Leaning into its growing sense of resilience and solidarity, the EU should heed lessons from the COVID response and build on its short-term plan to buy non-Russian gas jointly, in such a way as to minimise the need for new infrastructure and avoid damaging competition between member states and potential exporters.
Walking the renewables talk
While EU diplomacy is fluent in the language of the renewables transition and does far more than most in reality, the erosion of multilateralism puts Europe under more pressure to go further, and speak in one voice.
For one thing, our global dash for gas is unfolding alongside an extension of coal use in some EU countries. Even if this is a time-bound crisis mitigation measure, it is difficult to reconcile with our international rhetoric.
Heavily coal-dependent G20 countries such as South Africa or Indonesia may take a dim view of these decisions, especially while we pressure them to reduce and transition out of their own coal industries, and offer only more debt as the means for them to finance it.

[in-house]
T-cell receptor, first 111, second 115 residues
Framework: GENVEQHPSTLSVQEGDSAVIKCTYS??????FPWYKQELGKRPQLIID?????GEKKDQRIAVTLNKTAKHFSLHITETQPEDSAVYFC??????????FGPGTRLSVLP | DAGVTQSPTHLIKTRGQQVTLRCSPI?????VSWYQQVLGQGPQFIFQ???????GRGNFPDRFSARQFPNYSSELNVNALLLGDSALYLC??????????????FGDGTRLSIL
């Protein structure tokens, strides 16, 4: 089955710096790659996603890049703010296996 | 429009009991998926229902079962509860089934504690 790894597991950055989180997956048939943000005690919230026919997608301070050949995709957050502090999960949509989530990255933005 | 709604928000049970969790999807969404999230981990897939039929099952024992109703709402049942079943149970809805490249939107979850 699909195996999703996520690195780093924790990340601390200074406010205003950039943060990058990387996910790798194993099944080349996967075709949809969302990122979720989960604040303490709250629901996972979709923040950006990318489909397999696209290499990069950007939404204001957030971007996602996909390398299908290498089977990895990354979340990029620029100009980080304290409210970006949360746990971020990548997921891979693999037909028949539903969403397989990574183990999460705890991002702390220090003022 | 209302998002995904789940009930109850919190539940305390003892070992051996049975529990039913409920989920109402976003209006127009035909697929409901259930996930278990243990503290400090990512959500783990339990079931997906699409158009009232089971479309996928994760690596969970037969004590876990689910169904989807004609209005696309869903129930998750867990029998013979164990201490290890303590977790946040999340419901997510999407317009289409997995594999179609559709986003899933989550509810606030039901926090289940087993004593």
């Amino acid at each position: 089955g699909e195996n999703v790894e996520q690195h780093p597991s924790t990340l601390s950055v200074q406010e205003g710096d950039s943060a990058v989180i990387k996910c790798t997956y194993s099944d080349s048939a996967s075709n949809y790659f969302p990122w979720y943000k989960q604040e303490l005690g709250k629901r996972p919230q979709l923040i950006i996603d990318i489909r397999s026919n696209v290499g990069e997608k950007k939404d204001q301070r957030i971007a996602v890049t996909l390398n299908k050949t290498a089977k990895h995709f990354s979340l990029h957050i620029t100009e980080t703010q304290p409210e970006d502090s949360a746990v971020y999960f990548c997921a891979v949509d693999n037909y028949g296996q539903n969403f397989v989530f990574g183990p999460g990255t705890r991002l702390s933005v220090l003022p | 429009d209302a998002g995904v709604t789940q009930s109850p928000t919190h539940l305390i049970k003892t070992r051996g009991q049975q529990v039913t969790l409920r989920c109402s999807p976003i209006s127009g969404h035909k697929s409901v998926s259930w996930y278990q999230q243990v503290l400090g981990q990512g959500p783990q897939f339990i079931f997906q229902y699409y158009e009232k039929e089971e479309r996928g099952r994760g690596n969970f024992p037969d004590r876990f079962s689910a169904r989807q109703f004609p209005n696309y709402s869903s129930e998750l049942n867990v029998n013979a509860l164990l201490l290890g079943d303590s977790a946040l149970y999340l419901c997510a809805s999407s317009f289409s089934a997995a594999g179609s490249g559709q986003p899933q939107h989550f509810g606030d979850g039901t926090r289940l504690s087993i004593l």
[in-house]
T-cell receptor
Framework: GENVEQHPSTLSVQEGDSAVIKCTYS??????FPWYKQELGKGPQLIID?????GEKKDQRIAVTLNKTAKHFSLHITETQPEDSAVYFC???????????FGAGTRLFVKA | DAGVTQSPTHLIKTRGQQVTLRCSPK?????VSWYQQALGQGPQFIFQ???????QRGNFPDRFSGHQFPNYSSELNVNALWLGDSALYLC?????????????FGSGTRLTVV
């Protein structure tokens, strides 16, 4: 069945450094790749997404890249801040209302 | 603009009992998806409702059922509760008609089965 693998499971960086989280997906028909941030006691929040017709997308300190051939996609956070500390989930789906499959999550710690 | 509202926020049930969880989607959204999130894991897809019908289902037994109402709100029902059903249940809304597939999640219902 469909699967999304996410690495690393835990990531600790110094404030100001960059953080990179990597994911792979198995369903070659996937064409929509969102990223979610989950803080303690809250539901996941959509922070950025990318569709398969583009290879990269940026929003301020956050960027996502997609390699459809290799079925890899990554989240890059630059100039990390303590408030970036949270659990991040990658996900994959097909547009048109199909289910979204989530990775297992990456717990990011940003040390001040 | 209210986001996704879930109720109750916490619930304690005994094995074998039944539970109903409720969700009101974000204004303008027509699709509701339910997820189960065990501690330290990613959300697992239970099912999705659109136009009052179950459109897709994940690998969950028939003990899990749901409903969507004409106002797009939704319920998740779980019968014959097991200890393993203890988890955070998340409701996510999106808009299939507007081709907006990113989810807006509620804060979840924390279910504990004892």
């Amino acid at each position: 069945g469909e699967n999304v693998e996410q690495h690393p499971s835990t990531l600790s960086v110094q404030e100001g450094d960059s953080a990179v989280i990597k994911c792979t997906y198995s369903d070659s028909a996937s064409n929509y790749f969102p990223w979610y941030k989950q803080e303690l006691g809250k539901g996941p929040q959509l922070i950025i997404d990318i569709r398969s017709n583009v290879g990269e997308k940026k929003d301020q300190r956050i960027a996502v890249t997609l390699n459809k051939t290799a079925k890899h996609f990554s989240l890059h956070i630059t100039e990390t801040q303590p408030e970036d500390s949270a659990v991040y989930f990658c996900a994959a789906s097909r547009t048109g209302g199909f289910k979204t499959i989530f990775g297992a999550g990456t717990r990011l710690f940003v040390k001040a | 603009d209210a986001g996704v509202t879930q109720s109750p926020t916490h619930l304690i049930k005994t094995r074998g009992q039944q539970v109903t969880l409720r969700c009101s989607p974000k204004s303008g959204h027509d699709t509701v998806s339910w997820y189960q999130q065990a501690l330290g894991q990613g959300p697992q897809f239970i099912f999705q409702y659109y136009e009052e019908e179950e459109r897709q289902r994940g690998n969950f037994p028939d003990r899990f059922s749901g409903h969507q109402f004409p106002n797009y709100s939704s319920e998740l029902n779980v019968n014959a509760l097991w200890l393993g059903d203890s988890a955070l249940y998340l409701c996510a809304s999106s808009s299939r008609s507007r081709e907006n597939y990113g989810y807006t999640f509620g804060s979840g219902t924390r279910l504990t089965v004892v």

Moreover, the EU may be a leader in providing subsidies for renewable energies, but it is far slower in reducing its support to fossil fuels. The 27 member states subsidised renewables to the tune of €73 billion versus a still-enormous €50 billion for fossil fuels.
This year, an announced end to international public finance for fossil fuels in the form of export credits was, while welcome, short on detail or even an explicit deadline. This went against the recommendations of the International Energy Agency, and also the statement made by many advanced economies at COP26 in Glasgow.
The global picture is even darker. The world currently faces an annual investment gap of US$4.35 trillion to finance the green transition until 2030. Despite this, 70 per cent of energy subsidies still go on fossil fuels, compared to 20 per cent for renewables.
Despite all this, the EU remains a global climate leader. These crises put our institutions under great strain, but they are also clarifying.
They reveal Europe’s singular responsibility to maintain unity, and offer a rallying vision beyond its borders, for the peaceful and safe world we want. A response anchored in security and solidarity.
Laurence Tubiana is CEO of the European Climate Foundation and was one of the key negotiators of the Paris Agreement.